The Verizon IndyCar Series has a recent history of races that almost happened. Brazil, China, Ft. Lauderdale, and Providence come to mind. All were well-intentioned, of course, but somehow the organizers could not quite pull it all together. The most recent name to be mentioned is Boston. They do know a little something about hosting big races.
Boston is a big event city, with the Boston Marathon and its 35,000 participants serving as a benchmark. When you add in the Red Sox, Celtics, Bruins, and Patriots, it is easy to say Boston is the biggest of big league cities. IndyCar connecting to this vibe is a huge benefit.
According to a recent article in the Boston Herald, the race would be run in the Seaport District, presumably using the Boston Convention and Exposition Center as a hub. The revitalized area in South Boston is a happening place, home to museums, hotels, and restaurants. Basically, this is the only place in town with the necessary infrastructure to host the race and not screw up the notoriously bad traffic of the city to the point where the natives would rebel.
The article mentions a Labor Day date. That date would satisfy Hulman & Co. chief Mark Miles’ dream of a season ending race where the champion is crowned on Labor Day in front a big crowd. If the season is going to end on Labor Day, this is the place to do it. Boston checks all the boxes for the season finale.
There would be a big crowd. If there wasn’t, at least the television viewers wouldn’t be able to tell. Certainly, the VIP chalets around the track would be sold out. The empty seats at the season-ending oval race at Fontana don’t really paint a picture of a thriving series celebrating a championship. Boston is big time. Crowning the champion there makes sense because it would not be just another race. Miles is on record saying he wants to own Memorial Day and Labor Day. This is where you own Labor Day.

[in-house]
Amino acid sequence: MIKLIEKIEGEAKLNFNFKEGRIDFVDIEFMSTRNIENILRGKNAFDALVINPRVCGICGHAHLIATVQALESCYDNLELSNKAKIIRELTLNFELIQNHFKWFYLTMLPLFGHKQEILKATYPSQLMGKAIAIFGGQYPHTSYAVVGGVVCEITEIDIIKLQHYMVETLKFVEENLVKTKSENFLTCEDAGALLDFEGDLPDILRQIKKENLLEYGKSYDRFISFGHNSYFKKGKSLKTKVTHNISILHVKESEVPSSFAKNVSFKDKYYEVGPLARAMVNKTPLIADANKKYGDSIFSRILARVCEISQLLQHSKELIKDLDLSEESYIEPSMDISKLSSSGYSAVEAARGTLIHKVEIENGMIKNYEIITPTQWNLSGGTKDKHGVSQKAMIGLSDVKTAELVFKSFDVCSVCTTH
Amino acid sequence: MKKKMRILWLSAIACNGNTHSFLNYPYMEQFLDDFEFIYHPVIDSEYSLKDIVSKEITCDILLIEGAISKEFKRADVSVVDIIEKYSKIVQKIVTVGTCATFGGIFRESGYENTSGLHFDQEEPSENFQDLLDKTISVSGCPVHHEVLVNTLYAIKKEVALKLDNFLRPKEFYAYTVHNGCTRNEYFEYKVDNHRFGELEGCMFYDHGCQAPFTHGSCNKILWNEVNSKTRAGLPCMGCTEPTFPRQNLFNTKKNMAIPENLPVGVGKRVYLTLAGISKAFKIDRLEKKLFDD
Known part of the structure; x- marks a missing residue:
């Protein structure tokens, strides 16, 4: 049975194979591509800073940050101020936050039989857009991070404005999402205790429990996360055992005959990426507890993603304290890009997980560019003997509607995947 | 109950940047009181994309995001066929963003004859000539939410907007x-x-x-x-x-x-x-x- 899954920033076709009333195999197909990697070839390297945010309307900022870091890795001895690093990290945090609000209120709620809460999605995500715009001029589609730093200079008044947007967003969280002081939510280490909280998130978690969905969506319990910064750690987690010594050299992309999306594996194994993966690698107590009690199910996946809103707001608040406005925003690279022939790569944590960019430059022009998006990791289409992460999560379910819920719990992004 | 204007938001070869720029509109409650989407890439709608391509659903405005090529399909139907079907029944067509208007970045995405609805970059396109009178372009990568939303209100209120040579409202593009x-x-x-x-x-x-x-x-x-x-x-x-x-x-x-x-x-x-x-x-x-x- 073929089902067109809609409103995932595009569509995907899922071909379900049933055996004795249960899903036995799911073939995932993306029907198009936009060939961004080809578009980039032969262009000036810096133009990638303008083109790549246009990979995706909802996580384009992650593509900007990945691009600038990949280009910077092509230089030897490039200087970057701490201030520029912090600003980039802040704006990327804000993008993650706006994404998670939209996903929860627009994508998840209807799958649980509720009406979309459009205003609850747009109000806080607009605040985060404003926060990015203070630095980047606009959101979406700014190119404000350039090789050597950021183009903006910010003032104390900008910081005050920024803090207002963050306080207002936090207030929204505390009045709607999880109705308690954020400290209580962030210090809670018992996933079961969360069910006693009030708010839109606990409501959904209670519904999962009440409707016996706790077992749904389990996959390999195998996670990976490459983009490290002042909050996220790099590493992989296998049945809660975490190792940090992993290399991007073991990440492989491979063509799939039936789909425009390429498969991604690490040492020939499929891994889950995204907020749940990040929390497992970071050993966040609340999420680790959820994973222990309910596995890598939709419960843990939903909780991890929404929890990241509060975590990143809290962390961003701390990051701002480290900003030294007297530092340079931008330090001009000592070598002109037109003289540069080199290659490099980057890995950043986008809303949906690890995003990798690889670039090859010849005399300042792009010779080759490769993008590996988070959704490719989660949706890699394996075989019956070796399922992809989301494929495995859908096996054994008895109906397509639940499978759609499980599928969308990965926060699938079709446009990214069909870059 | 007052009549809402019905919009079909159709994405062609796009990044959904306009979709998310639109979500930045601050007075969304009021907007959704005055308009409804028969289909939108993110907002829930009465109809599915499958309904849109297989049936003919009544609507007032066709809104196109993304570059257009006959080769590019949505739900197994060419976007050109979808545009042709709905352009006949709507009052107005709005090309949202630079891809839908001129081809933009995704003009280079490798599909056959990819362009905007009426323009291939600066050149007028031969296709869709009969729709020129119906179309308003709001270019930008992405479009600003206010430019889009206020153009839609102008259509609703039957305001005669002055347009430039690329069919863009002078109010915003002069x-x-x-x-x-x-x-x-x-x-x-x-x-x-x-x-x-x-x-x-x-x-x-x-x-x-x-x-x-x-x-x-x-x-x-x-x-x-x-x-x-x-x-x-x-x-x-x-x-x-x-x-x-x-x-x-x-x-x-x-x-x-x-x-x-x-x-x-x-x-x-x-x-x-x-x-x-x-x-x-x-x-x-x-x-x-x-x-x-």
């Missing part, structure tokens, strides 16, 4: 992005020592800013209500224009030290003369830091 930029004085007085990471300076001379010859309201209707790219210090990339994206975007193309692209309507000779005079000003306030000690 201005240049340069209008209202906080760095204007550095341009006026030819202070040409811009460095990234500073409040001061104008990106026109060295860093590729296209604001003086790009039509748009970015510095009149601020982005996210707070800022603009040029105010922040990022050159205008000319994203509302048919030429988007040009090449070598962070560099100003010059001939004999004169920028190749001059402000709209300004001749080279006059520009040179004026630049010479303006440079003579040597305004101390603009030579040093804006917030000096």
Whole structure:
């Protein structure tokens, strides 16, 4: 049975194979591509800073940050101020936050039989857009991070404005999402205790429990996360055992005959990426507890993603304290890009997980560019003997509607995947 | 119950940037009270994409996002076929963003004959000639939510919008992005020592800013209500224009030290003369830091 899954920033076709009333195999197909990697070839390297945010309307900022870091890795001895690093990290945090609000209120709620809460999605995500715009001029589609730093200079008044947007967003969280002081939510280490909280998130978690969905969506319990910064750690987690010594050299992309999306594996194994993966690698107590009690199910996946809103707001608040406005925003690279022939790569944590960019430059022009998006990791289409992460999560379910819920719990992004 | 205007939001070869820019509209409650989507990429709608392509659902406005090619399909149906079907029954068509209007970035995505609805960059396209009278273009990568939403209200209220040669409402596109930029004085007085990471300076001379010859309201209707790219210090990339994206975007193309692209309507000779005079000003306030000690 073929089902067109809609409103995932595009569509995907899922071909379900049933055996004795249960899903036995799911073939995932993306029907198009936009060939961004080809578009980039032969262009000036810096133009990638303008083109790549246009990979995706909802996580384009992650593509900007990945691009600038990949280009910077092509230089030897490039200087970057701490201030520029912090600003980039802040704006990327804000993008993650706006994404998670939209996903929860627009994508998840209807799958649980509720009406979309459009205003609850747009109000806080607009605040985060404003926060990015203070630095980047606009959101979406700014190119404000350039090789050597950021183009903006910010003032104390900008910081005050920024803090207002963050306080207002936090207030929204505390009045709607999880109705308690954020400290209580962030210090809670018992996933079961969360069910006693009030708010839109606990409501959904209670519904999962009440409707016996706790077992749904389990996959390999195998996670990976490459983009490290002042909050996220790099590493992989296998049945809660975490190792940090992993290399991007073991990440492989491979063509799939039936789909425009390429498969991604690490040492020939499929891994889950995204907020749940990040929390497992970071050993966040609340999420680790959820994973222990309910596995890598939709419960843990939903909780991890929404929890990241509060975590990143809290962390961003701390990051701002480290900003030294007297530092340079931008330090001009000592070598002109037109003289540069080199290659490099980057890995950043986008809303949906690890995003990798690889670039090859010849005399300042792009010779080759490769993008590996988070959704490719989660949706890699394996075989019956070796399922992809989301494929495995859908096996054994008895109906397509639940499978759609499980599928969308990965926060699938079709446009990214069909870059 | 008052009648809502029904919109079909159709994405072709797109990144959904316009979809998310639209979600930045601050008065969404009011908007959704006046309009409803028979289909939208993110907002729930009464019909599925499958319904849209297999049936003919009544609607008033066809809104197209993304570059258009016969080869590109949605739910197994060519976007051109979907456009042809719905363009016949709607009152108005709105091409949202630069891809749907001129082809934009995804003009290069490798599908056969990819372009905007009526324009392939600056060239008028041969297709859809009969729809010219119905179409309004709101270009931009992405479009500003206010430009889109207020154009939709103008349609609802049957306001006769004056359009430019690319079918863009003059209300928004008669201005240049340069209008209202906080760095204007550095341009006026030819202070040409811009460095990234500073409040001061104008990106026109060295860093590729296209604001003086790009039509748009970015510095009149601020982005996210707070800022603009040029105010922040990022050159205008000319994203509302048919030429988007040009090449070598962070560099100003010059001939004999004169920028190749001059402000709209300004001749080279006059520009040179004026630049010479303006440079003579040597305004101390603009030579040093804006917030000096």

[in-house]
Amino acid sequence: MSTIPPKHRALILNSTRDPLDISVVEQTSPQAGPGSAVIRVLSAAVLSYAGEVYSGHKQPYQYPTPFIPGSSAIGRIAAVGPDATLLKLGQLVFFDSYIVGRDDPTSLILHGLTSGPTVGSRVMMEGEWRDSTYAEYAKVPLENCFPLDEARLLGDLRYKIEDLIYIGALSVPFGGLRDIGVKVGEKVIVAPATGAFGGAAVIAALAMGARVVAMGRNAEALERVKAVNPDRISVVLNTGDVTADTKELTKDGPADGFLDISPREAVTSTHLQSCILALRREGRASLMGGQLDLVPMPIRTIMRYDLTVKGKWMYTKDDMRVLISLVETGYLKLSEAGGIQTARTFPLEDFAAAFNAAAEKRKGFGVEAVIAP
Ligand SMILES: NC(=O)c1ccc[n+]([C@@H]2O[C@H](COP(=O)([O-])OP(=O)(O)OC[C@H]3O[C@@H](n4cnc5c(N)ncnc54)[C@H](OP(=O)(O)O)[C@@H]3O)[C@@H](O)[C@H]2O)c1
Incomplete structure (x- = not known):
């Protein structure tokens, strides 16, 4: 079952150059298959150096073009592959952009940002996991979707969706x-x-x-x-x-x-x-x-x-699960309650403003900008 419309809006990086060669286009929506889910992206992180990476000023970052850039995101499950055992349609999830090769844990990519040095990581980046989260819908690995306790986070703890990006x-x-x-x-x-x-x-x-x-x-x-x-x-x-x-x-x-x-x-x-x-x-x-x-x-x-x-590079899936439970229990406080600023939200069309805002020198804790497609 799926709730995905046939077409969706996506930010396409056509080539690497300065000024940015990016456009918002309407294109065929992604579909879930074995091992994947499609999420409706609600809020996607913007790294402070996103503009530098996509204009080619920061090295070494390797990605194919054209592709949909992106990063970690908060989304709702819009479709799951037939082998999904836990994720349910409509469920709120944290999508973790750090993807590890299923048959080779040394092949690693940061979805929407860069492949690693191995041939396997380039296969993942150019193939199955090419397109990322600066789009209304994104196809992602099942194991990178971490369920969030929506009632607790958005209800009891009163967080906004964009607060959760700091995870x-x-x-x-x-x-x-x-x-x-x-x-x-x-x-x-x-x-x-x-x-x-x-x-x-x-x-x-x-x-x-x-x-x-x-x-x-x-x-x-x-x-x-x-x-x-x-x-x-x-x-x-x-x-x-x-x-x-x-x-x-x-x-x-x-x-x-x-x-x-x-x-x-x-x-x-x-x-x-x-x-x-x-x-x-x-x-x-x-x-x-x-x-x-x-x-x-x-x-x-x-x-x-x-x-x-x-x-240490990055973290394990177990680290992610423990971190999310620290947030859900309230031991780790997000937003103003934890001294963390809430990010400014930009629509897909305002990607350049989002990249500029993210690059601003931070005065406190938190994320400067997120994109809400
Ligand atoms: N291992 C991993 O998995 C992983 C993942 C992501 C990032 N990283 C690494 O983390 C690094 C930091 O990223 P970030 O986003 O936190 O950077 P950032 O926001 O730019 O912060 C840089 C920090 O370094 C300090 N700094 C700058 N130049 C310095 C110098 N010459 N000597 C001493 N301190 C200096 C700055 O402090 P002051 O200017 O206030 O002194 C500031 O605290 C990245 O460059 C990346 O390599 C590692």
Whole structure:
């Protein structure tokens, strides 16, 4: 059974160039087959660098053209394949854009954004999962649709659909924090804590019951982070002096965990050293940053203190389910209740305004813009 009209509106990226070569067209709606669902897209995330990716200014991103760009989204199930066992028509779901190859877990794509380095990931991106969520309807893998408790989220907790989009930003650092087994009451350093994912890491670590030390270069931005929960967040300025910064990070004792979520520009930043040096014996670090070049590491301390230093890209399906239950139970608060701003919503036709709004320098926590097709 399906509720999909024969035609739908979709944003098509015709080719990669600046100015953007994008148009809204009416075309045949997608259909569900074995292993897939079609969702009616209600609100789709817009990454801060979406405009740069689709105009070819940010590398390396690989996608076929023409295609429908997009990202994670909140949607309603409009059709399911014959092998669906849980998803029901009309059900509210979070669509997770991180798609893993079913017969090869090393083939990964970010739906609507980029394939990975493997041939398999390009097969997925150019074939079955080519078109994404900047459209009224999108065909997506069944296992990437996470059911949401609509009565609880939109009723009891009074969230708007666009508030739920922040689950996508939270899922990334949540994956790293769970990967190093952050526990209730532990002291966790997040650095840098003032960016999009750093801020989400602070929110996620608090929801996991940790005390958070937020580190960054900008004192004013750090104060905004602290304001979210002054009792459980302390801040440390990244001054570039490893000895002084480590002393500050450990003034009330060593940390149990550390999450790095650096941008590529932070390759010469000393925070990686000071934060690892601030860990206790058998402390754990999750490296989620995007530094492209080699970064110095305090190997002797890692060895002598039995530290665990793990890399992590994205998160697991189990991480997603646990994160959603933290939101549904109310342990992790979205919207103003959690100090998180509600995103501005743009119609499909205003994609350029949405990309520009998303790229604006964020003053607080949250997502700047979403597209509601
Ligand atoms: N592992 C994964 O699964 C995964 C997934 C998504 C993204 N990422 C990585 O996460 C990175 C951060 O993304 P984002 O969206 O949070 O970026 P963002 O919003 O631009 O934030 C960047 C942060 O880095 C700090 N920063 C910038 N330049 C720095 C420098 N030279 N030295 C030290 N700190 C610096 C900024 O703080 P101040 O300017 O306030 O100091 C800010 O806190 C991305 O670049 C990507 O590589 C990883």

The time zone is right. Ending the season with an evening race in California is brutal, and not just because the setting sun is in the drivers’ eyes. No one on the East Coast watches, and the East Coast, whether the fans like it or not, is the center of the sports broadcasting universe. There is a reason that crazy Bill Walton gets away with his stream-of-consciousness ranting on ESPN’s Pac 12 basketball broadcasts: no one watches it. Yes, the East Coast sports elite look down on the flyover country of the Midwest. Yes, the East Coast sports elite marginalize the Verizon IndyCar Series. But the series still needs to curry favor and get on their radar. If that means ending the season on Labor Day so you are the biggest show in town before the NFL starts, then IndyCar needs to grit its teeth, smile, and put on a great show. The product will sell itself once people see it.
If the Verizon IndyCar Series is going end its season on Labor Day, then they have to own it. The teams and drivers need to be on board and pretend to be excited about the Labor Day event as the season-ender. It is worth noting that Mark Miles went out of his way to make the point that he may have been unclear about wanting to have multiple races in the late winter season after the Super Bowl, and that he certainly wants to build the schedule on the front end. Right. You can also read that as the team owners and sponsors letting Miles know that the season has to be longer in terms of duration to justify spending marketing money. Miles is no dummy. He knows that the push-back to a Labor Day end of the season is real and must be dealt with by an earlier start to the season. Miles has drawn his line in the sand. The season ends on Labor Day.
In a perfect racing world, the Verizon IndyCar Series would start in February and end in October. Everyone would be sated with the best open-wheel racing on the planet. In our imperfect world, though, the series needs to do what it can with what it has. They need to be successful on the stage they control and build from there. Boston is center stage and the series needs to be on it. Hopefully, the Hub won’t be another city given the hook and pulled offstage before IndyCar can get its show on the road.